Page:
All baking and photographic tips gratefully received!!

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Wednesday, 24 October 2012

Freestyle Baking: possibly the ugliest pin-wheels ever!

About six months ago, we lived about a kilometre up the road from a bakery that made really addictive spiced pin-wheels with custard in them. Then we had a house fire (I'll get to that story one day) and had to move about 40 kilometres away, and I haven't been back to the bakery since. Now and again though, I want one of their rolls, and finally that's coincided with the desire to bake.


Now, because I'm a bit lazy by nature, I didn't really want to look for a recipe I liked and follow it step by step, maybe running out of one ingredient or another, or perhaps being asked to wait over night for them to rise. Lazy and impatient - so sue me. I'm not scared of freestyle baking; mostly it turns out edible.

So I started out with a basic pizza dough, the same as the one on this post, except that I added a couple of tablespoons of sugar. I get impatient waiting for the yeast to rise too (and mine is a little old and slightly dead) but whamming it in the microwave for 45 seconds on high helps it along nicely. If it's still not as high as you want to see it in ten minutes, give it another 45 seconds - too easy.

While waiting, I set to making the fillings:
*A couple of tablespoons of melted butter mixed with a cup of brown sugar and a tablespoon of cinnamon.
*A handful of sultanas.
*Custard. I wasn't a hero: I used custard powder and made it in the microwave.

Well, if it's pizza dough I'm using, I might as well make it like a pizza, I thought, so I stretched out the dough and added the filling. The dough was too thin and the fillings were too great, but I didn't care. It looked pretty.

I even poured the custard into a snap lock bag and snipped the corner off so that I could pipe it evenly onto the top. I didn't want huge globs of custard here and there just in case one of the rolls missed out. Also, I wanted it to look pretty for you - Aww, see what I do for you guys?

This is the last time it looked pretty though (it was worth it.)

I thought ahead a bit: see how it's rolled out onto baking paper? I knew it would be a pain in the bum to roll without that there, and I'd have been right. Even with it, and with the perfectly even rolling I did, filling started to ooze everywhere. There was no panic though - that puppy was stuffed full anyway.

Cutting caused more oozing and general fiddly stickiness. It was fun and gross at the same time. At that point, I wondered if I shouldn't have used a sweet scone dough, but then it wouldn't have been as bready and I wanted that. I chucked them (ten of 'em) in the oven at 200C for about 20 minutes, at which point they felt cooked and bread-like and also had an unexpected toffeeish coating. Bonus!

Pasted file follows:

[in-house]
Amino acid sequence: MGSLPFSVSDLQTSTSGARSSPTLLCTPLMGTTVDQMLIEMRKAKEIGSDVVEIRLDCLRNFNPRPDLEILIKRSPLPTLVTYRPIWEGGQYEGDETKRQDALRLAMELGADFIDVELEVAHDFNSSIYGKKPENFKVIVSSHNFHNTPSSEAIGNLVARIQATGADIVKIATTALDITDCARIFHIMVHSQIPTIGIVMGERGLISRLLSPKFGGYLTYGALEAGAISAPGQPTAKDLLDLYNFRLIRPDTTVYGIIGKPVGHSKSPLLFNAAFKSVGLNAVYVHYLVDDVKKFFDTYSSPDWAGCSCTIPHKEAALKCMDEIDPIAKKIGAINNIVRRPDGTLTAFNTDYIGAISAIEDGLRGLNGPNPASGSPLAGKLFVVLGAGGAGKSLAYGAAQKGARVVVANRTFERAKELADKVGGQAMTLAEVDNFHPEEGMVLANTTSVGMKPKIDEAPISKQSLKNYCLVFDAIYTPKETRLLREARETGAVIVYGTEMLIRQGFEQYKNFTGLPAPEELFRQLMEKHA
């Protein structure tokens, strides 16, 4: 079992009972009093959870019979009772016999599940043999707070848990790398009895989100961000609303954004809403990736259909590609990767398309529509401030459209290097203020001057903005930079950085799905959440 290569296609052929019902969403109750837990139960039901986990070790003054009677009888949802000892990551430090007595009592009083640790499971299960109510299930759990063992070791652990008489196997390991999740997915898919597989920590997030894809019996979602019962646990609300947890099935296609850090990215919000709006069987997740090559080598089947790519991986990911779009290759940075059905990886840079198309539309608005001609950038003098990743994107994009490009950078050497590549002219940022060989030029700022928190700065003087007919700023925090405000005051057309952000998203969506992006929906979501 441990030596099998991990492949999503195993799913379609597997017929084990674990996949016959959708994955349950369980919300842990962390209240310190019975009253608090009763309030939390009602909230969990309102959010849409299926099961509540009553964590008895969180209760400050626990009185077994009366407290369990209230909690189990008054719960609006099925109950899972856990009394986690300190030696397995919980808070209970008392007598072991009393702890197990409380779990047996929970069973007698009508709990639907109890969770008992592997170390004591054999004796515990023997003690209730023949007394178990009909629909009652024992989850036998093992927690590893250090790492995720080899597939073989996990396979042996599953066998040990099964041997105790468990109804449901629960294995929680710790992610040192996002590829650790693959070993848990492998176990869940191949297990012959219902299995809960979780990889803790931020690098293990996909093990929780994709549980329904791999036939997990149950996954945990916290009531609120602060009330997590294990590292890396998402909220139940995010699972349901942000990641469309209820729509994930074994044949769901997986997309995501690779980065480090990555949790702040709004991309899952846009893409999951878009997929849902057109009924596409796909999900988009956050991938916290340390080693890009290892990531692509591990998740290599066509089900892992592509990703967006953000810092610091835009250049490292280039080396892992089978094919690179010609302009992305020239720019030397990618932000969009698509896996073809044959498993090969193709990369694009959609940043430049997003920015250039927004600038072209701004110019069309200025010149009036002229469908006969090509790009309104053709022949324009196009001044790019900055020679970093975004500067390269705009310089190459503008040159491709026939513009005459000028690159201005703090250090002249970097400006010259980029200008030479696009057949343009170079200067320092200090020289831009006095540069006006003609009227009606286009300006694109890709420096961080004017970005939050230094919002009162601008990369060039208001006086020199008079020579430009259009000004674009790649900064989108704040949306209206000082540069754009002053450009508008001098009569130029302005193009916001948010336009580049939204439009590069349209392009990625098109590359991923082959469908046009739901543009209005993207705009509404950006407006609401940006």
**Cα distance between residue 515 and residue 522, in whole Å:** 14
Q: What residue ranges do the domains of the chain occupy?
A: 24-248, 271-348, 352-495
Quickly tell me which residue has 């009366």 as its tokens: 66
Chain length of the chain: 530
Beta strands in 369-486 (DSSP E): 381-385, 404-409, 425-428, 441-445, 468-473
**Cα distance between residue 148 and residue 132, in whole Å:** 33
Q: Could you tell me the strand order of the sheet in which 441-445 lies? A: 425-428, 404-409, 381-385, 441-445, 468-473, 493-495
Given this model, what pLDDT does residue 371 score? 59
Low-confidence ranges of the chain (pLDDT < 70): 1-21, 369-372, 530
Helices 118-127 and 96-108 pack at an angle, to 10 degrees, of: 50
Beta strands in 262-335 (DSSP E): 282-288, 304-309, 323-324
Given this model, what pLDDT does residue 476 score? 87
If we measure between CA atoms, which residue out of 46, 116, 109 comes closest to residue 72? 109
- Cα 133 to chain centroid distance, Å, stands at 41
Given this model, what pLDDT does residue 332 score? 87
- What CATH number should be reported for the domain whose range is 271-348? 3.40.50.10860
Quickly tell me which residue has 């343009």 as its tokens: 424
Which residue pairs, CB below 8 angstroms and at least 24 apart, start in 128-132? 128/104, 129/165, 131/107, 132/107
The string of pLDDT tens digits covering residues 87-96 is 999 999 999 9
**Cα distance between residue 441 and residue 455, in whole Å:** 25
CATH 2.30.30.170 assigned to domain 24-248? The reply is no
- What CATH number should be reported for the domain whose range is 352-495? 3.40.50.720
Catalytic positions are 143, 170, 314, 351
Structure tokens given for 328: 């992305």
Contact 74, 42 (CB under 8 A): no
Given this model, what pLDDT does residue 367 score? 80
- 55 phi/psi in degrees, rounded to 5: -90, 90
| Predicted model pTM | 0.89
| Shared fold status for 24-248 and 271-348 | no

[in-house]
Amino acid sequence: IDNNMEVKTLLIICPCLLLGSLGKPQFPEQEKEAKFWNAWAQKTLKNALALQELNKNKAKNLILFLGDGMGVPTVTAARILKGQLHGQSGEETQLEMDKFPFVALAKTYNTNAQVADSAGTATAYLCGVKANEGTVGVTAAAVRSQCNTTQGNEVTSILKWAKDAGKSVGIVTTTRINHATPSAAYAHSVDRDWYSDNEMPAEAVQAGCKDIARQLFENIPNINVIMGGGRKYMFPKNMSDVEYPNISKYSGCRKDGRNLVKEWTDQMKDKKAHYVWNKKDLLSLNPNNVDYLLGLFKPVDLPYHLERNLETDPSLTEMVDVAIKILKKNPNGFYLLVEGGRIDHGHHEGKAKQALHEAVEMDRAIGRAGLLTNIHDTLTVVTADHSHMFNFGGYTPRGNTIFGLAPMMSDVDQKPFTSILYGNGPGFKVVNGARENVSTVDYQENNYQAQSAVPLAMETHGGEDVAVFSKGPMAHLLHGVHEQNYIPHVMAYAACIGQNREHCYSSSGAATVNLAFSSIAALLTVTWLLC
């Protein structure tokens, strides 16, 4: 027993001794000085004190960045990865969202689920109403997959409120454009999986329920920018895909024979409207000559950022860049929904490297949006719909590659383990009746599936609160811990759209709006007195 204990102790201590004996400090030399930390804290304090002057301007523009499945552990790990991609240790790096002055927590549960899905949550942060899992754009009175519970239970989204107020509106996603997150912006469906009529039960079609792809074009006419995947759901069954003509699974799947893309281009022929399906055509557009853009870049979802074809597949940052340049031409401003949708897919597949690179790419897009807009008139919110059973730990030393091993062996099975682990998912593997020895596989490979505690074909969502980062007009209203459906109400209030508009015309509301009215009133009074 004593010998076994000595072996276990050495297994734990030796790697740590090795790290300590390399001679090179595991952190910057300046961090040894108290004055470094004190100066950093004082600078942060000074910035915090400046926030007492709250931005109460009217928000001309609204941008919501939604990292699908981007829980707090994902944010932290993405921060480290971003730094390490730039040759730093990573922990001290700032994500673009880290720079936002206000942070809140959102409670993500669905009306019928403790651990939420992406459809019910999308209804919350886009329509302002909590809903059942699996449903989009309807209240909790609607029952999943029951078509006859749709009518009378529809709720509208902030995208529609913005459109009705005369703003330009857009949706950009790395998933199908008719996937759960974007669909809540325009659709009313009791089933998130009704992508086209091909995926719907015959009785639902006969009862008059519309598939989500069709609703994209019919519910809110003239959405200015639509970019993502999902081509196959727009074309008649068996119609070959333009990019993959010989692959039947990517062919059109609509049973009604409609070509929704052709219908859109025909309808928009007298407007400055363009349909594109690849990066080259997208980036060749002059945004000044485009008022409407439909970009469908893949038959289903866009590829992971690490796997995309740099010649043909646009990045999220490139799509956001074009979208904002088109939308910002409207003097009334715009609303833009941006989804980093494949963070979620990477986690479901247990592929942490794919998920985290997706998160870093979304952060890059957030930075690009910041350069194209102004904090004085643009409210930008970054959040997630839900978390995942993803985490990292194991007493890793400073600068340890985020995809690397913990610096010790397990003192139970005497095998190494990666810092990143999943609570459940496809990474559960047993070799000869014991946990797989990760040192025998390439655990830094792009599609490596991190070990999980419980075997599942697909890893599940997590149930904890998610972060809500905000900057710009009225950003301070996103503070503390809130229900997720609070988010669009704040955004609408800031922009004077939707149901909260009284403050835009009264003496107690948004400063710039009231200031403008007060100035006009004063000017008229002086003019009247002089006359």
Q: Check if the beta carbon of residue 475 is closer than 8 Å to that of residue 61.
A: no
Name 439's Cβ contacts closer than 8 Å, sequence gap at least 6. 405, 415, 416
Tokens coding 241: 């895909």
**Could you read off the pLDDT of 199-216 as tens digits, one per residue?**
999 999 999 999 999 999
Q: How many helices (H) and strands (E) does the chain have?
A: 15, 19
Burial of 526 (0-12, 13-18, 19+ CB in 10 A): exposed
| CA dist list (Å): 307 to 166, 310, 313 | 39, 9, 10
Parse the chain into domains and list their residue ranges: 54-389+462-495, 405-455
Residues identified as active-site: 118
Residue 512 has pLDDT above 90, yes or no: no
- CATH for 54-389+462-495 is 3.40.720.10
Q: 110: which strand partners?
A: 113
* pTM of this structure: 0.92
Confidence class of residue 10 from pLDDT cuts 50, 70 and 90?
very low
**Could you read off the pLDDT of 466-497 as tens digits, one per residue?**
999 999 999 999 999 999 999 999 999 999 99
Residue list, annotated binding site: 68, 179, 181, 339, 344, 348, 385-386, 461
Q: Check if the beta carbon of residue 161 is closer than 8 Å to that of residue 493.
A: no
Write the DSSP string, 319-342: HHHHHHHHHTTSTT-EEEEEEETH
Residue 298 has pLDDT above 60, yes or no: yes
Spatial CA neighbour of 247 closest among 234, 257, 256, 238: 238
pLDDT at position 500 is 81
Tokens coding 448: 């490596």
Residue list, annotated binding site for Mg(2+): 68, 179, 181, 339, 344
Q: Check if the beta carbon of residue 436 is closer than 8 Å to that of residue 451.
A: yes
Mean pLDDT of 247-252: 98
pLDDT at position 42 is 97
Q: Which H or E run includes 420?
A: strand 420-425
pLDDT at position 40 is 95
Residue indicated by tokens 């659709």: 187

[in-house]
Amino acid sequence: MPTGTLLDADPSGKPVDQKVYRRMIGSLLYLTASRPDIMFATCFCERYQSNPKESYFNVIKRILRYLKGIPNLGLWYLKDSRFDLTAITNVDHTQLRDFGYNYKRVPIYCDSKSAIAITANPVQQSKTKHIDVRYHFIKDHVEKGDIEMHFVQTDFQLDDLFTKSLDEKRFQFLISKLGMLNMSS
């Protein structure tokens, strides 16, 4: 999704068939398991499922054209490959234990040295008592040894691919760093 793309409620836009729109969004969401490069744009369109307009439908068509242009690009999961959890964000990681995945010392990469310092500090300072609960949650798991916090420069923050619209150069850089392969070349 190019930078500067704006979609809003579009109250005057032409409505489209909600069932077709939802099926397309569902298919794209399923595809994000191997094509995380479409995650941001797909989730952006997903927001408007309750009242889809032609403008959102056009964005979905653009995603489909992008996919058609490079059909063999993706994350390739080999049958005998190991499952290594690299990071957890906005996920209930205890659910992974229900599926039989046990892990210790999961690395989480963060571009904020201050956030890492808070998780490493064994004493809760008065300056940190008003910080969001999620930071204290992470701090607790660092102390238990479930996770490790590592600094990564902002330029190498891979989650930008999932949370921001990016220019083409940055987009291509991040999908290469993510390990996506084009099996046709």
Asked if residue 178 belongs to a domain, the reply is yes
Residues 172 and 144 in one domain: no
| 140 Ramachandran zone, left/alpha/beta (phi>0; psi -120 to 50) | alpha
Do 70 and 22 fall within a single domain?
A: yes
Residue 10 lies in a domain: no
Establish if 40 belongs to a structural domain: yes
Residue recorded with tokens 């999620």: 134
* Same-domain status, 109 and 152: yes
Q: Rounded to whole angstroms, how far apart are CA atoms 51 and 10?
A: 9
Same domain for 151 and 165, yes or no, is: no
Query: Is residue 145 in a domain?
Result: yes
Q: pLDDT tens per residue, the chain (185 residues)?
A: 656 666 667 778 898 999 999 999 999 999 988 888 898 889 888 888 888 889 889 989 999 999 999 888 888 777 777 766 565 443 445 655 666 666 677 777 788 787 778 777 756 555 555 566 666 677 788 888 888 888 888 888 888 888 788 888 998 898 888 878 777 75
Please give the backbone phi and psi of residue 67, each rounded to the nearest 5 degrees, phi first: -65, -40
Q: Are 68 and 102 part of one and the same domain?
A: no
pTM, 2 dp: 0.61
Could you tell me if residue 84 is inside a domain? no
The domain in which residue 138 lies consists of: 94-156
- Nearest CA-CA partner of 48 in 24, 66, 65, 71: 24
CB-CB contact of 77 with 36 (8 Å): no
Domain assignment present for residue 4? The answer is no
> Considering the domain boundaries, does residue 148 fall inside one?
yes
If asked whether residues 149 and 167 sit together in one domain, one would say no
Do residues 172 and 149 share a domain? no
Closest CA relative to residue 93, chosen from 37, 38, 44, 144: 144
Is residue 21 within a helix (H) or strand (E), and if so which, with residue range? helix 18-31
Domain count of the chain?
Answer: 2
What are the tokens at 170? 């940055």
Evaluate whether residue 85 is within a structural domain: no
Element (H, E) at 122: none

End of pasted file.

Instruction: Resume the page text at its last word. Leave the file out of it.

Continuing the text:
They're in no way as good as the bakery's, I'm afraid, but still totally edible. Sometimes I wish I wasn't so impatient with the rising and whatnot. But then we'd have had to wait, and who wants that?

As Mr. Me so rightly said: "Tastebuds don't care how ugly food looks."

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Tuesday, 23 October 2012

I Love You, But I Don't Give A Rat's Bum!

I had come to the conclusion that being a mother often meant feigning an interest.

Not always. Sometimes your kids have really interesting topics of conversation, things to show and tell and questions to ask. And that's awesome. But how many people have you met that have all the same interests as you?

OK, now how many seven year old kids have you met that have all the same interests as you?

Yeah. S'what I thought. None.

But we love 'em, don't we? And we love that they're excited about things and learning, even if it is about Pokemon (who knows, he could be a future animator or game programmer!) but it never occurred to me, going into this parenting caper, that I'd have to listen to incessant chatter about things I am completely apathetic towards.

Then I realised how fake that was, and if I modelled that fakeness, I'd be teaching my kids that the correct response is to be dishonest. So where to go with it? Obviously we want some middle ground between "I don't care, please don't talk" and "Tell me all about your belly-button lint, I'm enthralled." I want them to know they can talk to me about anything at any time, but for them to also have the empathy to know that some people just aren't as interested in the same topics as they are, and if we want a captive audience, we need to appeal to them.

At any time is also a biggie for me. Yes, I'm available at any time, but I don't want to be woken up so that I can be shown a new colour of nail polish, or be asked through the toilet door if there are any chores they can do to earn money. Surely it's not that time sensitive that it can't wait five minutes?

Sometimes I find myself at a loss as to how to teach these things. And then realise that always, if there's a behaviour that's happening, good or bad, it's been modelled before.

Was it me?

There have been times, I'm certain, that I've callously interrupted what the kids were doing: pulled them away from a game so I can go out shopping or bill paying or visit a friend or relative or any number of things they have no interest in. Because I'm "bigger and more important" you see. This is the default setting of pretty much all new parents. And if it's not, we're weaned into it because little babies don't really have a lot of preferences in that way, and it becomes habitual just to say "let's go" and expect it to happen.

I also remember often interrupting a game just to "remind" them of things they should do, or to ask them if they'd tried on those new, blue shoes yet... something that may be completely uninteresting to them or not time sensitive, because I unconsciously considered myself bigger and more important.

The idea that I'm bigger, and therefore more important, created second class citizens of my children.

That's not just.